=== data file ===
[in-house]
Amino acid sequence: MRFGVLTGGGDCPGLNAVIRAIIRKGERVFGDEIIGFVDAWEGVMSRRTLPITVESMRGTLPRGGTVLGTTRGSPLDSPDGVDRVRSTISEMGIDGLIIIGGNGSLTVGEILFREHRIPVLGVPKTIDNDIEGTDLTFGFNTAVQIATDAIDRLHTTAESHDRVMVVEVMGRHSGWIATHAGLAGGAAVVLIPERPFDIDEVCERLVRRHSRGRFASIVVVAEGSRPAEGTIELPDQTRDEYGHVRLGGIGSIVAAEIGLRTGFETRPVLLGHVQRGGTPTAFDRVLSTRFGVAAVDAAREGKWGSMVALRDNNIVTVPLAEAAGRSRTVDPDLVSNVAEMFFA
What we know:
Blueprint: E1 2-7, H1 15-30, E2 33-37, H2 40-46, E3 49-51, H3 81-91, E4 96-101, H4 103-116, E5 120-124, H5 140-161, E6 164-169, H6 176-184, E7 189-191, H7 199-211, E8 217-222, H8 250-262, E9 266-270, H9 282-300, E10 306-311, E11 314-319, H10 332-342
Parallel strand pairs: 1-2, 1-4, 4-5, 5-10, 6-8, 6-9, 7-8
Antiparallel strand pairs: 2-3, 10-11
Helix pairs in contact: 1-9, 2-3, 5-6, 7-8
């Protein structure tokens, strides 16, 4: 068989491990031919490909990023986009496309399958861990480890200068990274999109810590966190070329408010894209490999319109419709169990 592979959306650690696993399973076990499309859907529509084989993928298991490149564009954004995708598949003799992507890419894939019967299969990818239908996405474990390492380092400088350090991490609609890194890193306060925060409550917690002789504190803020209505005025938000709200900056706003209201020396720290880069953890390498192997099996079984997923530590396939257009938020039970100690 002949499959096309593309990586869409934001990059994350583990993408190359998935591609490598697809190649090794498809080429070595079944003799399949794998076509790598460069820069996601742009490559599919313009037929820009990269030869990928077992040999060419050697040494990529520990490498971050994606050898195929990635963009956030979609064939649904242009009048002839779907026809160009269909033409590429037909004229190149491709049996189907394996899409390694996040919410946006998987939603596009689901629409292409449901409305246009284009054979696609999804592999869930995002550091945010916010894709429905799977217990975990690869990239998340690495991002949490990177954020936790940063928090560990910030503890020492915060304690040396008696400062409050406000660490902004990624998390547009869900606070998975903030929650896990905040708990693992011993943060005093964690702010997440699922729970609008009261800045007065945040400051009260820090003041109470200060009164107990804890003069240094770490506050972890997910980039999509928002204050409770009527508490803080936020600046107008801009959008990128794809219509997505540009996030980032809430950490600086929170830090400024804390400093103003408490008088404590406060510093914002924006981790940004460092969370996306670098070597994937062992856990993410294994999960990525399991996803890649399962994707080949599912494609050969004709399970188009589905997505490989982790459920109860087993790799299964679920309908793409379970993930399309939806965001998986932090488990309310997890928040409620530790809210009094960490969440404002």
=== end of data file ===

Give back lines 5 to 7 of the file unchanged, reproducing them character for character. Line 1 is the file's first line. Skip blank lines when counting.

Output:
Parallel strand pairs: 1-2, 1-4, 4-5, 5-10, 6-8, 6-9, 7-8
Antiparallel strand pairs: 2-3, 10-11
Helix pairs in contact: 1-9, 2-3, 5-6, 7-8